21st March marks the anniversary of the action in 1945 for which Old Wellingtonian Claud Raymond was posthumously awarded the Victoria Cross.
Claud was at Wellington from 1937 to 1942, and was in the Hill dormitory. He became a School Prefect. His entry in the College’s Roll of Honour records that he loved both rugby and modern poetry.
In March 1945 he was serving as a Lieutenant in the Royal Engineers, and was second-in-command of a reconnaissance patrol checking isolated enemy posts in western Burma. The Roll of Honour continues:
Near the village of Talaku they were fired on by a strongly-entrenched enemy post on a jungle-covered hill. Raymond charged at the fire. Wounded in the right shoulder he continued up the slope firing from the hip. A Japanese grenade struck him in the face, but he picked himself up and went on. Hit a third time, his wrist shattered, he still carried on, killed two and wounded a third Japanese. The rest of the enemy fled into the jungle, leaving their equipment and position in British hands. Others had been wounded in the attack and Raymond refused treatment until last and insisted on walking back to the landing craft lest delay should endanger the patrol. After walking a mile he collapsed and had to be carried on an improvised stretcher. He died of wounds soon after. His self-sacrifice undoubtedly saved the whole patrol by allowing it to withdraw before the enemy could launch his counter-attack.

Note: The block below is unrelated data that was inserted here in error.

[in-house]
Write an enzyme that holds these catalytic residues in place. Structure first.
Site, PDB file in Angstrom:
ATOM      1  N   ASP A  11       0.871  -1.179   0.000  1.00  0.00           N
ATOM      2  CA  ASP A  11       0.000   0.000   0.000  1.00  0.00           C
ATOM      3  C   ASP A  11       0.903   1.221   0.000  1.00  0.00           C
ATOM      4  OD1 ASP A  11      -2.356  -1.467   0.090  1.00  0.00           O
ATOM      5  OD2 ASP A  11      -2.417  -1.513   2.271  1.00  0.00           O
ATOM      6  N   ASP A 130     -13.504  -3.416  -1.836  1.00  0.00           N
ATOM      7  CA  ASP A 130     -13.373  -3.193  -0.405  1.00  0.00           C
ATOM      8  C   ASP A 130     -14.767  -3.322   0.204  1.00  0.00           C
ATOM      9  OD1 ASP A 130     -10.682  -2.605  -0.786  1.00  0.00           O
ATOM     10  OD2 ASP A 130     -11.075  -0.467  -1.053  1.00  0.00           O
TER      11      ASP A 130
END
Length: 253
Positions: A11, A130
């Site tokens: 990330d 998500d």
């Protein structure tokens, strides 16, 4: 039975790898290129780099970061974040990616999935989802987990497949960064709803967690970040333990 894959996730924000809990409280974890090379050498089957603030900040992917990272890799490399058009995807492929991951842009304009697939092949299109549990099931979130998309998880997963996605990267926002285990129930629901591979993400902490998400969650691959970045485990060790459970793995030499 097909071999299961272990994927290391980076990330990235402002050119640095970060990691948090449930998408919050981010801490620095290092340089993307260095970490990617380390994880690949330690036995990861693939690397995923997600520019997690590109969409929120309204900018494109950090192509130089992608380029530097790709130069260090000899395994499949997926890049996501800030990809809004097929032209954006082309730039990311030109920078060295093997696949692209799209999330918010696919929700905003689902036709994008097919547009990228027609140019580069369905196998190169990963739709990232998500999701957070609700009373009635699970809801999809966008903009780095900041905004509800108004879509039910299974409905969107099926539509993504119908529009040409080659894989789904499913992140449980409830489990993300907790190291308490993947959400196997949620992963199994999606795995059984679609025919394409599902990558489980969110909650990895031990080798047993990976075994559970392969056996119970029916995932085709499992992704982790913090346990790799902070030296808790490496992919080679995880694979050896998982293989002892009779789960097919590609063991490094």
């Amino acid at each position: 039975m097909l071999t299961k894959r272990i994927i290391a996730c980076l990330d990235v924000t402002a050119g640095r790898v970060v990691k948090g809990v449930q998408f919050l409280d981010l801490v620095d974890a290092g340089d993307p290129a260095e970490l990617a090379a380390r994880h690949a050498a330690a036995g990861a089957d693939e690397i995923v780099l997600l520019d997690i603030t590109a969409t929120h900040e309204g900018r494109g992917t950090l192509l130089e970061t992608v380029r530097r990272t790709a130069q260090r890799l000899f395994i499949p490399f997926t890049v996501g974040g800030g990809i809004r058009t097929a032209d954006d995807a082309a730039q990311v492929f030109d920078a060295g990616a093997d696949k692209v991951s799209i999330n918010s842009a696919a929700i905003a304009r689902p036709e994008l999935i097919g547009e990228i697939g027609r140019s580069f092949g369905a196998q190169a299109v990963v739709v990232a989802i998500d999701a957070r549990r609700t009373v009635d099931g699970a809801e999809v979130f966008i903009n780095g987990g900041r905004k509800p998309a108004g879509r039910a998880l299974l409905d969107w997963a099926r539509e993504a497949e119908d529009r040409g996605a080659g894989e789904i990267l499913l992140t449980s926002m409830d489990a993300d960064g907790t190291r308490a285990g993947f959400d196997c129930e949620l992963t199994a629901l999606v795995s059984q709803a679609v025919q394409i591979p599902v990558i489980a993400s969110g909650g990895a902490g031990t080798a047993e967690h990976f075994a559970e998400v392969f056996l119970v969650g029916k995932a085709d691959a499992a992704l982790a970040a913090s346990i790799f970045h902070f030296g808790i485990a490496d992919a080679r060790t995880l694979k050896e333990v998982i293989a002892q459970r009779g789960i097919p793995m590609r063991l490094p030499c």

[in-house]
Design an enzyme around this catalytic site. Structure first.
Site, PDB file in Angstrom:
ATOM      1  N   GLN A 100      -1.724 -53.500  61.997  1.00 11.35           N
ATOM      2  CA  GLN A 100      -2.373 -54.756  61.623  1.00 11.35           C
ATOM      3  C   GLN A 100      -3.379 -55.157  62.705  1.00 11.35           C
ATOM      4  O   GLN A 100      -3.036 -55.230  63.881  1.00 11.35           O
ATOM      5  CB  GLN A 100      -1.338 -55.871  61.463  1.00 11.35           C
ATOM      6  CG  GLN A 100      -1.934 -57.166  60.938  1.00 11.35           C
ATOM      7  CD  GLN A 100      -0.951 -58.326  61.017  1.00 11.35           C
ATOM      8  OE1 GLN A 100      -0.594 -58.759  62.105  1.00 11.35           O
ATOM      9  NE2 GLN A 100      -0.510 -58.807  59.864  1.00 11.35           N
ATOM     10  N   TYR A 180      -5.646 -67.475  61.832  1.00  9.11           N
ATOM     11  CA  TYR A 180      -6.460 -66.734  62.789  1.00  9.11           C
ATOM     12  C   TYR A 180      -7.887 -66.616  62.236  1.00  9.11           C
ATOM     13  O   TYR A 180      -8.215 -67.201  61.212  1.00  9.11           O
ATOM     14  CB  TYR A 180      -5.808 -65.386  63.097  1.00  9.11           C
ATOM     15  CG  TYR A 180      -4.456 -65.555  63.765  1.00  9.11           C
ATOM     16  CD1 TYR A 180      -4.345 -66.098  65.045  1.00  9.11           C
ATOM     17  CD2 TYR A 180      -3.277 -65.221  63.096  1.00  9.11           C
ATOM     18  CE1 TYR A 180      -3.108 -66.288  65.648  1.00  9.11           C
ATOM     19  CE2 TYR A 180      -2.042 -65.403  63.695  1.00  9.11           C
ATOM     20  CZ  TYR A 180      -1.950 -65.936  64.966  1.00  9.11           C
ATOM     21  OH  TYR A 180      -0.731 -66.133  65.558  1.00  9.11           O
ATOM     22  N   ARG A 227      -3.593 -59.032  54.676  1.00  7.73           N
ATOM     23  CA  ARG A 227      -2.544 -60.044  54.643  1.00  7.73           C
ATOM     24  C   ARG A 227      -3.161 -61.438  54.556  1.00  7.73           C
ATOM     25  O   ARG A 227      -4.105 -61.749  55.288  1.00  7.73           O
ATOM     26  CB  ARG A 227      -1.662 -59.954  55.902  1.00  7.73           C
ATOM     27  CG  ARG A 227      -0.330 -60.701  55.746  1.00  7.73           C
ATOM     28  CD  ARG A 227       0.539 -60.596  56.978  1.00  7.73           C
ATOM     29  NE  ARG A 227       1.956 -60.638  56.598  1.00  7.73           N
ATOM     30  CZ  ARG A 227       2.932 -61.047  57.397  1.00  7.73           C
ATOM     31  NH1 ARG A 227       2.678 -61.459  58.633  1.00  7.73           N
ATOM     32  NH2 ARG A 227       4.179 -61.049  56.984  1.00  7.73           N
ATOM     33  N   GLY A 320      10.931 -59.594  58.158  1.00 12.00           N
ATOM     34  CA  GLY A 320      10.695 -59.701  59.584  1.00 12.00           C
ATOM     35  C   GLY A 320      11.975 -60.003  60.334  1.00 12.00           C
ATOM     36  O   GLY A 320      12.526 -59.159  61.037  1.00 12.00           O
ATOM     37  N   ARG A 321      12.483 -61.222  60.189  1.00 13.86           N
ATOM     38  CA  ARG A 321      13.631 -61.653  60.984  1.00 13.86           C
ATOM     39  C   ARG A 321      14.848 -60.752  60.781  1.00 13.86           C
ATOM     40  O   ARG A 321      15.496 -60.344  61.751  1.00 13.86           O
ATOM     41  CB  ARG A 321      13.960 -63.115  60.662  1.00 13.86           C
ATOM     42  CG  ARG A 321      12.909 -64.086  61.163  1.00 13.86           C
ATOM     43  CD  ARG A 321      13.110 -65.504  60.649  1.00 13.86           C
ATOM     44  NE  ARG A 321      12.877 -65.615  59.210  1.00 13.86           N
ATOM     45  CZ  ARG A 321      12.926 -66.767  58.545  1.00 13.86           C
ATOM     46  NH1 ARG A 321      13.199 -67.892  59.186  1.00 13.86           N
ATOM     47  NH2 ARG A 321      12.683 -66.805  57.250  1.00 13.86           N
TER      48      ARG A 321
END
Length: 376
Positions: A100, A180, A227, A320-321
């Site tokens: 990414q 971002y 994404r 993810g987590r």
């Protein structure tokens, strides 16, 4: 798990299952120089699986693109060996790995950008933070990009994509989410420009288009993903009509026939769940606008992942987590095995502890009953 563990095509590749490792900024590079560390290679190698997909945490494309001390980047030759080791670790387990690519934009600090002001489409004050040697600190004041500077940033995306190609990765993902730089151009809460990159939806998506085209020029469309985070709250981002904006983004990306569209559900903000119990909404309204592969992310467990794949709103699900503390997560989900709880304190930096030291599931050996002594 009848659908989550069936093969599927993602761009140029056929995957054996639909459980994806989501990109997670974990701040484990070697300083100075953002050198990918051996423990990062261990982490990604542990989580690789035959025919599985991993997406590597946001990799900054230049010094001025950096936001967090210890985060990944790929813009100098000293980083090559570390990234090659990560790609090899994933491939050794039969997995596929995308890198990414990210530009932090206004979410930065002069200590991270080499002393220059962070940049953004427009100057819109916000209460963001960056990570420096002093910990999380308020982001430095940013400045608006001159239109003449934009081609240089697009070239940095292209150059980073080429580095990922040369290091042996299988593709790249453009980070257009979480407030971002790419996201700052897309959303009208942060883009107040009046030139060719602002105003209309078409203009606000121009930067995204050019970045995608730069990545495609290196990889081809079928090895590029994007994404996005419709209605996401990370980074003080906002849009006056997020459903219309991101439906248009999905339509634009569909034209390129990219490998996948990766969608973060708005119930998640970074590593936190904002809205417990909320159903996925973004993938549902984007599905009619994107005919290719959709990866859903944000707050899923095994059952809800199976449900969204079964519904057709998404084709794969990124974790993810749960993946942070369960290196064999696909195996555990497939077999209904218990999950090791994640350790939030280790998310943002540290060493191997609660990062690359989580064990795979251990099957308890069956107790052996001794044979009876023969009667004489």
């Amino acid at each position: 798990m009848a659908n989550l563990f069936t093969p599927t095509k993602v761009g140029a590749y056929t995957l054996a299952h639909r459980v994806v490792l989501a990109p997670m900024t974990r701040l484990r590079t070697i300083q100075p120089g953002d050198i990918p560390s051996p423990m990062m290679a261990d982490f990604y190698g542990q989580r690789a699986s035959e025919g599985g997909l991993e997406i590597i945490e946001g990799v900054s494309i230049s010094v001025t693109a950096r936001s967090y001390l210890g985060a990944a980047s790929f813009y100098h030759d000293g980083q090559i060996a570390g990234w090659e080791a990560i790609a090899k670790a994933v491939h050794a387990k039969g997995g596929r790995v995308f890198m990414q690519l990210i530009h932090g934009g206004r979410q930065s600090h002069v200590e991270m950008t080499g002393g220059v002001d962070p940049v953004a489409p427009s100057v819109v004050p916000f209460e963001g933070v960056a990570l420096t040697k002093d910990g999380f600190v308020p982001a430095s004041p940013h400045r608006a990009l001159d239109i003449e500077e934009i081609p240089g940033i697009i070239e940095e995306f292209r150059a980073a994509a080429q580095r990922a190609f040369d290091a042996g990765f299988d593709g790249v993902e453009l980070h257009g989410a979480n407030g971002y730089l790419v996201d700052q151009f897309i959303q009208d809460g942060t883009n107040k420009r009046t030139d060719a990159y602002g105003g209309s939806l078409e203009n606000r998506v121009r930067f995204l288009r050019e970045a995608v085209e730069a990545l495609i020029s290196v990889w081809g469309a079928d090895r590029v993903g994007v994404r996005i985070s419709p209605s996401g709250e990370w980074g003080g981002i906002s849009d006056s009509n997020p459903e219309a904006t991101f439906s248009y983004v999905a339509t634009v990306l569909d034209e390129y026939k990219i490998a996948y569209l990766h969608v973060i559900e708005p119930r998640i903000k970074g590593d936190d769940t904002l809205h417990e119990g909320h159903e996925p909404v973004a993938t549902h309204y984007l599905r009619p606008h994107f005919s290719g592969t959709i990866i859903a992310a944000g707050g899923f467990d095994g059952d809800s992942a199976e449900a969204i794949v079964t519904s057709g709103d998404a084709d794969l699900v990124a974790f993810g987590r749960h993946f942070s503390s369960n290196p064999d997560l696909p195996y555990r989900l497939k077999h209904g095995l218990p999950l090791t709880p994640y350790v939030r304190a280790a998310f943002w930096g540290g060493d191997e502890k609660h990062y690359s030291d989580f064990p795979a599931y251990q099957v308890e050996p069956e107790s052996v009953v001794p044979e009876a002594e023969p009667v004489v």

On April 29th, Wellington will mark the 75th anniversary of the Burma campaign, and honour the OWS involved, with a talk by military historian Tim Bean. This fascinating event will also include a Gurkha curry buffet, with all profits going to the Gurkha Museum Trust. To book please go to wellycom.net/all-events/